Author: Trina M. Clayton
Federal and California fair housing laws, most notably the Fair Housing Act (42 U.S.C. 3601, et seq.) and the Fair Employment and Housing Act (Cal. Gov. Code §§ 12900, et seq.), prohibit discrimination in housing rental or conditions based on specific protected classes, such as race, sex, religion, disability, and (the subject of this blog post) familial status.
Familial status refers to any household with children under the age of 18. It applies whether the minor is a biological child, adopted, a foster child, or legally under the custody or guardianship of an adult tenant. It applies to both traditional and non-traditional families. It also applies to pregnant women, as well as families that are in the process of securing legal custody of children through adoption, foster care, or divorce. It is illegal to discriminate against a prospective or current tenant because there is a child, or will be a child, in the home.
It is important to understand that familial status discrimination may occur at any stage of property rental. This blog will explore some of the pitfalls a landlord might run into, during the pre-tenancy period.
If you are a landlord, you might find yourself in violation of fair housing laws even just based on advertising for your available units. When advertising for your property, you should try to describe property attributes and/or amenities, not what you are (or are not) looking for in a resident. If you promote your unit or complex as a “quiet” or an “adult” community, “perfect for singles,” or “ideal for a student,” you could be sending the message to prospective tenants that children are not welcome.
It is important for landlords to review their rental applications and leases to ensure they do not contain overt, or inadvertent language which could be read as discriminatory to applicants with children.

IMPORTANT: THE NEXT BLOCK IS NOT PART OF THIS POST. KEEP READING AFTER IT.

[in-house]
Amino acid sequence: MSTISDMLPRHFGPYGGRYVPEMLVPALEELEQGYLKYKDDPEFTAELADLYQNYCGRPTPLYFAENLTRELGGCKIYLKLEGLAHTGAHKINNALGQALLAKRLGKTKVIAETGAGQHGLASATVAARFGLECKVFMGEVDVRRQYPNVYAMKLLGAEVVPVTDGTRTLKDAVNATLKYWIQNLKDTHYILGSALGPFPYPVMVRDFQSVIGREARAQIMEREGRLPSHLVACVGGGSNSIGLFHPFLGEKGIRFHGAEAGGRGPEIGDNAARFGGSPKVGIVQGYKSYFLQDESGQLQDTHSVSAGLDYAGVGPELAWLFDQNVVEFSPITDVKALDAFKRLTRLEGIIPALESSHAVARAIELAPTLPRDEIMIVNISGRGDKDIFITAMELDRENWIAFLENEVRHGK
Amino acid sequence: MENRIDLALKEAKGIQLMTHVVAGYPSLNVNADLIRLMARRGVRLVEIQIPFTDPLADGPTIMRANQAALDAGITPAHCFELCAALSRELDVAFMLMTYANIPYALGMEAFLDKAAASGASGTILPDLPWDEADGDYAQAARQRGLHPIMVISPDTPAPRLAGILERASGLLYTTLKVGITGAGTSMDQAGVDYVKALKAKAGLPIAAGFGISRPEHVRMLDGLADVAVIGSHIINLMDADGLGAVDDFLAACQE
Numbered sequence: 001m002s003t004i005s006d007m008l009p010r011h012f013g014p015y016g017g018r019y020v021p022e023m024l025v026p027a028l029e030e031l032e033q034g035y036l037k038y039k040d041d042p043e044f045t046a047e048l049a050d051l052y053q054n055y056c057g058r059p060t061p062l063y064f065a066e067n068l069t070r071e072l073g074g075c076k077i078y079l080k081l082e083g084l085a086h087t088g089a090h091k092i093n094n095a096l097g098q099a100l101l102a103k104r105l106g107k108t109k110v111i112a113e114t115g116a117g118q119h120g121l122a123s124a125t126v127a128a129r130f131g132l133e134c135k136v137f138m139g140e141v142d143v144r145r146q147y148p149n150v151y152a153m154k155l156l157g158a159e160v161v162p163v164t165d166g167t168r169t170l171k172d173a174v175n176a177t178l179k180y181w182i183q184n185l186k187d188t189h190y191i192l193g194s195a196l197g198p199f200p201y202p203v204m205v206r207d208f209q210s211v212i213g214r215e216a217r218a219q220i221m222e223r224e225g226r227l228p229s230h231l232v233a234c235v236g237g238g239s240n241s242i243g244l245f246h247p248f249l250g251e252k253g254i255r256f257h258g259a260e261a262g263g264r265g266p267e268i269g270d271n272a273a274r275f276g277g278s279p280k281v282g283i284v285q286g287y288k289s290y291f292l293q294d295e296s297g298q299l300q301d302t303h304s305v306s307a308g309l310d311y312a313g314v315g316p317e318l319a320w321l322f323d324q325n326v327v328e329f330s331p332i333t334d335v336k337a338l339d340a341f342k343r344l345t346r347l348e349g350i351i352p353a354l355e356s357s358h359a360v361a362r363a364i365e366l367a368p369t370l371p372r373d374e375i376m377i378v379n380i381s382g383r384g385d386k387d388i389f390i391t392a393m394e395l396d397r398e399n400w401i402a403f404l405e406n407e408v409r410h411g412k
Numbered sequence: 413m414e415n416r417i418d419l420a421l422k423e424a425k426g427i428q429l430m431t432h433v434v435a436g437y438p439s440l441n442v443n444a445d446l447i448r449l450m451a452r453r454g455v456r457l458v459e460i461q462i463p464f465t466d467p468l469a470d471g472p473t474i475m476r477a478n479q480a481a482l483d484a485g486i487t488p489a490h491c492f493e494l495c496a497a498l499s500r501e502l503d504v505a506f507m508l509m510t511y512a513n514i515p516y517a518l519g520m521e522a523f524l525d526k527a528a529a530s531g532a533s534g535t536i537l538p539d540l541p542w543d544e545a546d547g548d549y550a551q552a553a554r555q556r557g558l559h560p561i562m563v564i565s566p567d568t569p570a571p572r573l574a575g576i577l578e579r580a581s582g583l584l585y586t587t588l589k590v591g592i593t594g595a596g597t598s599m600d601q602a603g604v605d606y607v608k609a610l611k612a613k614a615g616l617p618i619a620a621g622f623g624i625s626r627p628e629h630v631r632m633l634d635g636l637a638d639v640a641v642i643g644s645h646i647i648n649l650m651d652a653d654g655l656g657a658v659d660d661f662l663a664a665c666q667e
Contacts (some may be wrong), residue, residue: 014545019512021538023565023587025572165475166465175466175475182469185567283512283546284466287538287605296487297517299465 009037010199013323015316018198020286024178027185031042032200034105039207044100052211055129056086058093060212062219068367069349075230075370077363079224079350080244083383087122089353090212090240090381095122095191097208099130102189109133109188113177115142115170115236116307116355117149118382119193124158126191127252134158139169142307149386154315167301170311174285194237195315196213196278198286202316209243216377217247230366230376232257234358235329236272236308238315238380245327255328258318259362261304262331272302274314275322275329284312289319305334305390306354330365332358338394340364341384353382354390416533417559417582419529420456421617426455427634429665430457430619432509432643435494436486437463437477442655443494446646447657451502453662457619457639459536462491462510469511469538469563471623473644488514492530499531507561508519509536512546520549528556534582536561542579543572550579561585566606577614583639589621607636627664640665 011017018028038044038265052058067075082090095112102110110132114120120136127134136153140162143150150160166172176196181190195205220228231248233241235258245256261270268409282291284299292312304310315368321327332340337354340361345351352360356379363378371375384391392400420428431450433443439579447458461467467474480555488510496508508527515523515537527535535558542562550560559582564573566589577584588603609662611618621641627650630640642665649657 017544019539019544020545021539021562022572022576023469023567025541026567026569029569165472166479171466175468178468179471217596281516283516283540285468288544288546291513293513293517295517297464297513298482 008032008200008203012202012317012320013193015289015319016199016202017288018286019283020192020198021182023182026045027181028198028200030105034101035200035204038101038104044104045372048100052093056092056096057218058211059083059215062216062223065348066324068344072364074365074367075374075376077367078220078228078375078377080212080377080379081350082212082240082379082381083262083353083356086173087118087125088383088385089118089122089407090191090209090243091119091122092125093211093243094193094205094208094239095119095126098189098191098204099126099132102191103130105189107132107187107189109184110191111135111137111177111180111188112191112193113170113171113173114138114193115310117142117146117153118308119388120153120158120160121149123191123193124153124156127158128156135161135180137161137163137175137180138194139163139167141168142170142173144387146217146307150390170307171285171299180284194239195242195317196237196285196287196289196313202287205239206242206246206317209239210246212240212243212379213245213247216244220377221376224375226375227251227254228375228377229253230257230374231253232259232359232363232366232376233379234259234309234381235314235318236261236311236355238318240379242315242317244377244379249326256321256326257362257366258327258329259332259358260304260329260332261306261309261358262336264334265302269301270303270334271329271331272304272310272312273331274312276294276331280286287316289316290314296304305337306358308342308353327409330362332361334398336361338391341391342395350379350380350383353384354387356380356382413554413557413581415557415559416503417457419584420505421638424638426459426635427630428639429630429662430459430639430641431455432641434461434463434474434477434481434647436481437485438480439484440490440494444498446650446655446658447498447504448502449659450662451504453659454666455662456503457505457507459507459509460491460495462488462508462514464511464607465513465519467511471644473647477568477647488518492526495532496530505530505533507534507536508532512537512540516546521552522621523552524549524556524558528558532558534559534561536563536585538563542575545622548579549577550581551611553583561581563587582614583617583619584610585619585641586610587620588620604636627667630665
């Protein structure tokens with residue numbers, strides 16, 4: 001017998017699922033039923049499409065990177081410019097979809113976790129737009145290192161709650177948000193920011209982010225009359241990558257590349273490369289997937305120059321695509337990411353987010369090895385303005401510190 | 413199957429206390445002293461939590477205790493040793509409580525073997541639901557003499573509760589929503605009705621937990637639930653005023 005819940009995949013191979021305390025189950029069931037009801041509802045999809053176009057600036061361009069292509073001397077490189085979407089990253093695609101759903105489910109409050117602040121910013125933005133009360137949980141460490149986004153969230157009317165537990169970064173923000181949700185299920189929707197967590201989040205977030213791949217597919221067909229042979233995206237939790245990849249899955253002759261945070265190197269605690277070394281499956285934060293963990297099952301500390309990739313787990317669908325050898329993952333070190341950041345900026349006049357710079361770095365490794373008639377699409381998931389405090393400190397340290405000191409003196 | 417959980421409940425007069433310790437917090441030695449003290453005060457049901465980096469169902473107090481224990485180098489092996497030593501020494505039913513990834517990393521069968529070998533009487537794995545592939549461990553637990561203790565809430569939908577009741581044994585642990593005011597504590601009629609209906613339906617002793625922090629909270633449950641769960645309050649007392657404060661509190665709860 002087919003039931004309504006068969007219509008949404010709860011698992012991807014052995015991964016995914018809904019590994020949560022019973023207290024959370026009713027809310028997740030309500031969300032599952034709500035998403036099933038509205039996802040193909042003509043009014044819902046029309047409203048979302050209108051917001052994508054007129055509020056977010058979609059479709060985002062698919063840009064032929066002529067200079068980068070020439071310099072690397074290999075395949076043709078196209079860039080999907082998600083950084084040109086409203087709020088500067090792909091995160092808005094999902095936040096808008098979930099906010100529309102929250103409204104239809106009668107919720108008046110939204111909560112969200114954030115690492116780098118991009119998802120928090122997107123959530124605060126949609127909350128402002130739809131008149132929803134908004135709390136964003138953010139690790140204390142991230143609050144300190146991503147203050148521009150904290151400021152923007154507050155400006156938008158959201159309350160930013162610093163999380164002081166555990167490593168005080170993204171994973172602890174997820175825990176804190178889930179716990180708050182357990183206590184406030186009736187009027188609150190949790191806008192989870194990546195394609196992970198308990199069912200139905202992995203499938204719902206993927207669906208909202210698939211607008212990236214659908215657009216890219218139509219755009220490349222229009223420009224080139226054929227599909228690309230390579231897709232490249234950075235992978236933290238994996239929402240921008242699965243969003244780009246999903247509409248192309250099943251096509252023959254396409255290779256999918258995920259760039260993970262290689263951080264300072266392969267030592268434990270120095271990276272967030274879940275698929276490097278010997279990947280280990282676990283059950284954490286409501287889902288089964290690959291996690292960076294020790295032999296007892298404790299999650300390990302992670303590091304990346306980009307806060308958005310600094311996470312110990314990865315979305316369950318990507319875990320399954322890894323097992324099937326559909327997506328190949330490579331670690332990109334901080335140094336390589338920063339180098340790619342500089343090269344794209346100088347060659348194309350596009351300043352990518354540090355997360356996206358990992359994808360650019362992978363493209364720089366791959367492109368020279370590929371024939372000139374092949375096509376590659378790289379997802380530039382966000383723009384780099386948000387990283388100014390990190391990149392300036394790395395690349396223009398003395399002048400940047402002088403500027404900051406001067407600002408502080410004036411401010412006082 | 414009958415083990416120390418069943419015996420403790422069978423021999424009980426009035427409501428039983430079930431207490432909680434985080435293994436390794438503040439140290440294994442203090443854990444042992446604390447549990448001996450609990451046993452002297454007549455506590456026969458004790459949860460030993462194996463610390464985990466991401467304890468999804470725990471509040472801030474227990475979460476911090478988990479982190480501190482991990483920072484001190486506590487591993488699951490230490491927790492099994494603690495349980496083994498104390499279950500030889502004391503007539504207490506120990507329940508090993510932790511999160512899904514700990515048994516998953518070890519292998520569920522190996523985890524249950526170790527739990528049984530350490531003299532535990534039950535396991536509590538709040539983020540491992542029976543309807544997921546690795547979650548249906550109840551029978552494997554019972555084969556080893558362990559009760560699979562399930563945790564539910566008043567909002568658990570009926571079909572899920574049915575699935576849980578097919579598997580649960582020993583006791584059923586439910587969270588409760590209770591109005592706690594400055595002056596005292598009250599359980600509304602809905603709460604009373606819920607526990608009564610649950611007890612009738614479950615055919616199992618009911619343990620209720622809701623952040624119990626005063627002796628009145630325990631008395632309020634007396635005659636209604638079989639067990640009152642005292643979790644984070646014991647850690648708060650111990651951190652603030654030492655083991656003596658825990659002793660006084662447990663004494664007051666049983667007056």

Pre-tenancy interviews and screening are other areas in which landlords might find themselves inadvertently in violation of anti-discrimination laws. Asking a potential applicant if they have children or if they are pregnant could be construed as discriminatory – a better approach is to inquire into the number of occupants (though unreasonably restrictive occupancy limits can also be discriminatory). Other statements such as “there are no other kids here” or “there is no place for children to play” are also considered discriminatory.
It is imperative a landlord abide by federal, state and local laws regarding Fair Housing. For specific legal advice on familial status or other types of housing discrimination, please contact Ad Astra for guidance.
Author: Trina M. Clayton
When hiring a new employee, many employers find it valuable to observe a candidate perform essential job skills, to help them select the right applicant. An employer may ask a candidate to demonstrate how they would actually perform the job – for instance – having a delivery driver lift heavy boxes, having a cook demonstrate food preparation skills, or having an office worker perform a typing test. Employers should be mindful, however, that depending on what the applicant is asked to do during an interview, and how much time it takes, they may need to pay the applicant for this “try-out” time.